Published: Friday, November 17, 2006
Armstrong trying to get back form of last year
The second-year Penguin has not scored a goal in the first 16 games.
PITTSBURGH (AP) Colby Armstrong, who scored 16 goals and had 40 points in only 47 games as a rookie last season, is in a scoring drought. In 16 games this season, he's had no goals and six assists, but the team still sees a role for him.
"I've been pretty hard on myself here lately," Armstrong said. "I just try to have a little sense of humor about it, come to the rink with enthusiasm and just try to have fun. I'm trying to just play hockey and contribute every night somehow."
Armstrong is a former first-round draft pick of the club, the second of the last seven in a row that are currently with Pittsburgh. But the 21st overall pick in the 2001 draft doesn't come with nearly the pedigree or expectations of the other forwards taken over that time span: Evgeni Malkin, Sidney Crosby and Jordan Staal each of whom was taken in the top two picks of the last three drafts.
Still, Armstrong, who turns 24 on Thanksgiving, displayed enough of an offensive touch playing on a line with Crosby last year that coach Michel Therrien has kept Armstrong on that unit for much of this season.
Still has role on team
"I know he's put a lot of pressure on himself lately for not being able to perform offensively like he wishes because he's playing with Sidney Crosby, and most of the time when you play with a guy like that, you should get some numbers," Therrien said. "But for us, he's not on the power play; he's killing penalties and doing a lot of good things on the ice. He's physical and he's doing well defensively. He's got a role on our team."
Armstrong is third on the team among forwards in average ice time (18:21) has an even plus/minus rating and is second among Pittsburgh forwards in penalty minutes. His 24 shots rank seventh on the team the most of any Pittsburgh player without a goal.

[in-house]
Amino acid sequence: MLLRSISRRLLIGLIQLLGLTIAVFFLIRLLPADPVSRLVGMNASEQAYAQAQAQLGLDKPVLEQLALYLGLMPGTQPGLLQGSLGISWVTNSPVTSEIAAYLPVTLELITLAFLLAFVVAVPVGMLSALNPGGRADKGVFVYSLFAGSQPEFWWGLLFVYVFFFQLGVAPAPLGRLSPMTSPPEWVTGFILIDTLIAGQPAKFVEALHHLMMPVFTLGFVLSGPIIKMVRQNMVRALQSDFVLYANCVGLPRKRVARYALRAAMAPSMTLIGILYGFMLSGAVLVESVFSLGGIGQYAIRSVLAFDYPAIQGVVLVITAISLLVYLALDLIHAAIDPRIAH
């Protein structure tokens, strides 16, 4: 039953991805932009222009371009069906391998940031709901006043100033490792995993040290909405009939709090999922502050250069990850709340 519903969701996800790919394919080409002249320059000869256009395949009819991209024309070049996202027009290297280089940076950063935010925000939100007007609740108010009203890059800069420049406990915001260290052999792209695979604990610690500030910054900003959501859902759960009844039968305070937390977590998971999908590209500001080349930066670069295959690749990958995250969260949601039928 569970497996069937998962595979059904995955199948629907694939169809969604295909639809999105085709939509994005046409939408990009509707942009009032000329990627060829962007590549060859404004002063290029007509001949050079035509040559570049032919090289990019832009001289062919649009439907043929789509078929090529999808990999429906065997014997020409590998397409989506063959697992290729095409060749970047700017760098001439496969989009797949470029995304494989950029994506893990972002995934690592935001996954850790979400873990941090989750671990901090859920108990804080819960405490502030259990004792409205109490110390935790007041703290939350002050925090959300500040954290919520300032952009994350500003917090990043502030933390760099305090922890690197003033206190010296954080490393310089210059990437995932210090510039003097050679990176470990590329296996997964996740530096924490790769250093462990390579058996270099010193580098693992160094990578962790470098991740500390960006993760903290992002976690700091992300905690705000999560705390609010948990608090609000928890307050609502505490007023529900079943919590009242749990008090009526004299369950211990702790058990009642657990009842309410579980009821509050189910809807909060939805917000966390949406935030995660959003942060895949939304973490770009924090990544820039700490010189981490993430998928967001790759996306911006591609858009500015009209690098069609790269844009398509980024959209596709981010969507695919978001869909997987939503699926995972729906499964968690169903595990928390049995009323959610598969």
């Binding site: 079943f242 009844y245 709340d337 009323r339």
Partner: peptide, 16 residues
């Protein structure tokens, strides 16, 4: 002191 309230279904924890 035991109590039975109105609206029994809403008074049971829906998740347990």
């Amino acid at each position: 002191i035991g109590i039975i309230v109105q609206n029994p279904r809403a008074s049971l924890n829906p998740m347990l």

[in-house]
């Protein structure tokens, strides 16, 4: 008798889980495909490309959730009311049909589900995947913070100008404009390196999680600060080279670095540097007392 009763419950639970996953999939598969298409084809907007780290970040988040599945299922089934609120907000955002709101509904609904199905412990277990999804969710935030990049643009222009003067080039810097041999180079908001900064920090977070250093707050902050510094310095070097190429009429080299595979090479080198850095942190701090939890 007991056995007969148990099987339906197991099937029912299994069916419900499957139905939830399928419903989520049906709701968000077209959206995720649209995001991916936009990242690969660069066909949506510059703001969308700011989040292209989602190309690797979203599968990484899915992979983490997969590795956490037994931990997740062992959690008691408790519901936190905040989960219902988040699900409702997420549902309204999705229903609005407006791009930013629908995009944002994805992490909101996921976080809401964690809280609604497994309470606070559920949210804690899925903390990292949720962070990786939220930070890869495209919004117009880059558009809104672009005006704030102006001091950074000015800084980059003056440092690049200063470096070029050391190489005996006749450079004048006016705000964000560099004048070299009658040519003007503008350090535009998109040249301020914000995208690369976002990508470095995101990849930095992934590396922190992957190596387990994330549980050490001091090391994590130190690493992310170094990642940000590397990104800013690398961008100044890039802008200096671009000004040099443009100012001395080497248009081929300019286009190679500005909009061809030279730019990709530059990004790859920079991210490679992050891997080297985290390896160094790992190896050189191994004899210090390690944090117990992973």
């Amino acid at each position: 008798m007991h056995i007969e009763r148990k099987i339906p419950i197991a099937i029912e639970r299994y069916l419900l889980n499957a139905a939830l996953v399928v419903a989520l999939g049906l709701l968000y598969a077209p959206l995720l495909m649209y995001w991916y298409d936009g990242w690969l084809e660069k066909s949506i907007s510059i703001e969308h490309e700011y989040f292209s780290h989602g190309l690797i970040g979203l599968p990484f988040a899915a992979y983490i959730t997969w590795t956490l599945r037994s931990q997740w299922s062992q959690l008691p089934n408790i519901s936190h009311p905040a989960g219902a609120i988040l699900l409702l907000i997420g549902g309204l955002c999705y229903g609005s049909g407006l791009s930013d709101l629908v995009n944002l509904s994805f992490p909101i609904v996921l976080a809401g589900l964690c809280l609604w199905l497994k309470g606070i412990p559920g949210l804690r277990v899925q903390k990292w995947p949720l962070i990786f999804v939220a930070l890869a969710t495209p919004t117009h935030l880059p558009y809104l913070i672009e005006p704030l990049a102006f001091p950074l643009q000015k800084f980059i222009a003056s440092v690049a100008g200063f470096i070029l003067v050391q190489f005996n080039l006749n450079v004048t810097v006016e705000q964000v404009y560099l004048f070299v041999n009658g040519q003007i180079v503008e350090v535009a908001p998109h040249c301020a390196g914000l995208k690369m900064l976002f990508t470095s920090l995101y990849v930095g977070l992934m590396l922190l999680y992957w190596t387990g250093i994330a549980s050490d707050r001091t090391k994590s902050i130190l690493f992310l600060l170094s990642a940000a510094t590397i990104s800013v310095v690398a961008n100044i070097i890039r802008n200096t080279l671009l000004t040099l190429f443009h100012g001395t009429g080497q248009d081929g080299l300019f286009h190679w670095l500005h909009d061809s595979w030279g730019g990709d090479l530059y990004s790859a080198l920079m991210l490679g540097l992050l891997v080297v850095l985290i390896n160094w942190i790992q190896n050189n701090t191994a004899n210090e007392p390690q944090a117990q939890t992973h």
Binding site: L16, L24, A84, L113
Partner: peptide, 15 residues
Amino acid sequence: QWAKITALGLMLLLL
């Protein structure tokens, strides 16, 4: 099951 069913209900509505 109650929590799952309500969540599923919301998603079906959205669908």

His shooting percentage is the worst of any Penguin.
"I've been getting pucks to the net, doing little things, killing penalties," Armstrong said.
"That's what I can focus on to help this team and hopefully things will come around and pucks will start going in. I'm trying to go to the net a little more. ... I think things will start bouncing in."
Clicks with Crosby
Crosby is one of Armstrong's best friends on the team, and it was clear the two clicked quickly after being put on a line together. Crosby has long spoken of how he likes the space Armstrong creates for him on the ice and said that Armstrong still is getting him the puck at the right times.
"One of these days, he's going to catch a break, and it's going to go in. And hopefully he will just be able to roll from there," Crosby said.
Armstrong had stints on the No. 2 line in recent games, but played most of Monday's 3-2 win over Philadelphia on the top line. He practiced on a line with Crosby and Mark Recchi Thursday.
"We want him to score some goals for us and get some confidence because he's such a great kid," Therrien said.
"He works hard and always has a good attitude, and you always want those types of guys to succeed. But from a coaching standpoint, you don't want to put too much pressure on him because he's put enough pressure on himself."
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